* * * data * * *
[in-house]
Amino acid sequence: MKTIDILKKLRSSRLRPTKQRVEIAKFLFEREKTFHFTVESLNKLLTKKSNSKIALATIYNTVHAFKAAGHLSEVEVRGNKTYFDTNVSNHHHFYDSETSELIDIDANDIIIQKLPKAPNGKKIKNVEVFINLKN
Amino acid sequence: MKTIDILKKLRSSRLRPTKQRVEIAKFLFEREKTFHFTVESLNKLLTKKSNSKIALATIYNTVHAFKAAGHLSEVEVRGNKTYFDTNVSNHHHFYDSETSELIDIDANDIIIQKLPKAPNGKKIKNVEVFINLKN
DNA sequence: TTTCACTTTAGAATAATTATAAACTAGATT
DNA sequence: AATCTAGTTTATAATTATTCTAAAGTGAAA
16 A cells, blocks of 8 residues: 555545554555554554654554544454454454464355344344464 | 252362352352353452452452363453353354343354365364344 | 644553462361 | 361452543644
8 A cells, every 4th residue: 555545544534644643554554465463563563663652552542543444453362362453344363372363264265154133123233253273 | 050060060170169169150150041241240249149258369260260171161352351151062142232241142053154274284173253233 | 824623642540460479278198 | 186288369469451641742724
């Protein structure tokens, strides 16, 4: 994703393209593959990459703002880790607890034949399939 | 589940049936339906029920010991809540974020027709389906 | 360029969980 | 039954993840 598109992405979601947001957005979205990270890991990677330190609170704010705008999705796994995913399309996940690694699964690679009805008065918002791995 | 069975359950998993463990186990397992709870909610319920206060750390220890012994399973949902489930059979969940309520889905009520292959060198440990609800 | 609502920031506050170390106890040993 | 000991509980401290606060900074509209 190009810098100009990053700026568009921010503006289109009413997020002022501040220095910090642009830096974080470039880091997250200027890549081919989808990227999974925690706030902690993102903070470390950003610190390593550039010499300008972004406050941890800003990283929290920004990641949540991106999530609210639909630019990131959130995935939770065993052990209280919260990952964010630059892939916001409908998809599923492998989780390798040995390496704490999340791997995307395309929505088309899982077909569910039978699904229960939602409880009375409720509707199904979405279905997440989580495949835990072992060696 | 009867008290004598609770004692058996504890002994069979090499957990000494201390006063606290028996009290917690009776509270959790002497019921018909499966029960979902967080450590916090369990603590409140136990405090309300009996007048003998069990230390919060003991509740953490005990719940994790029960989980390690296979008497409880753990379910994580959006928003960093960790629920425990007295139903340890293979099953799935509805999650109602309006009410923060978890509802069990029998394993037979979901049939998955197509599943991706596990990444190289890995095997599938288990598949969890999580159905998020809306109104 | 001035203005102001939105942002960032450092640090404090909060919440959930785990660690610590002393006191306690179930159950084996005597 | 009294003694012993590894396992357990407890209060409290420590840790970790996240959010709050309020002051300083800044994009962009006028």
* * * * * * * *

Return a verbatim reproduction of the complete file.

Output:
[in-house]
Amino acid sequence: MKTIDILKKLRSSRLRPTKQRVEIAKFLFEREKTFHFTVESLNKLLTKKSNSKIALATIYNTVHAFKAAGHLSEVEVRGNKTYFDTNVSNHHHFYDSETSELIDIDANDIIIQKLPKAPNGKKIKNVEVFINLKN
Amino acid sequence: MKTIDILKKLRSSRLRPTKQRVEIAKFLFEREKTFHFTVESLNKLLTKKSNSKIALATIYNTVHAFKAAGHLSEVEVRGNKTYFDTNVSNHHHFYDSETSELIDIDANDIIIQKLPKAPNGKKIKNVEVFINLKN
DNA sequence: TTTCACTTTAGAATAATTATAAACTAGATT
DNA sequence: AATCTAGTTTATAATTATTCTAAAGTGAAA
16 A cells, blocks of 8 residues: 555545554555554554654554544454454454464355344344464 | 252362352352353452452452363453353354343354365364344 | 644553462361 | 361452543644
8 A cells, every 4th residue: 555545544534644643554554465463563563663652552542543444453362362453344363372363264265154133123233253273 | 050060060170169169150150041241240249149258369260260171161352351151062142232241142053154274284173253233 | 824623642540460479278198 | 186288369469451641742724
């Protein structure tokens, strides 16, 4: 994703393209593959990459703002880790607890034949399939 | 589940049936339906029920010991809540974020027709389906 | 360029969980 | 039954993840 598109992405979601947001957005979205990270890991990677330190609170704010705008999705796994995913399309996940690694699964690679009805008065918002791995 | 069975359950998993463990186990397992709870909610319920206060750390220890012994399973949902489930059979969940309520889905009520292959060198440990609800 | 609502920031506050170390106890040993 | 000991509980401290606060900074509209 190009810098100009990053700026568009921010503006289109009413997020002022501040220095910090642009830096974080470039880091997250200027890549081919989808990227999974925690706030902690993102903070470390950003610190390593550039010499300008972004406050941890800003990283929290920004990641949540991106999530609210639909630019990131959130995935939770065993052990209280919260990952964010630059892939916001409908998809599923492998989780390798040995390496704490999340791997995307395309929505088309899982077909569910039978699904229960939602409880009375409720509707199904979405279905997440989580495949835990072992060696 | 009867008290004598609770004692058996504890002994069979090499957990000494201390006063606290028996009290917690009776509270959790002497019921018909499966029960979902967080450590916090369990603590409140136990405090309300009996007048003998069990230390919060003991509740953490005990719940994790029960989980390690296979008497409880753990379910994580959006928003960093960790629920425990007295139903340890293979099953799935509805999650109602309006009410923060978890509802069990029998394993037979979901049939998955197509599943991706596990990444190289890995095997599938288990598949969890999580159905998020809306109104 | 001035203005102001939105942002960032450092640090404090909060919440959930785990660690610590002393006191306690179930159950084996005597 | 009294003694012993590894396992357990407890209060409290420590840790970790996240959010709050309020002051300083800044994009962009006028």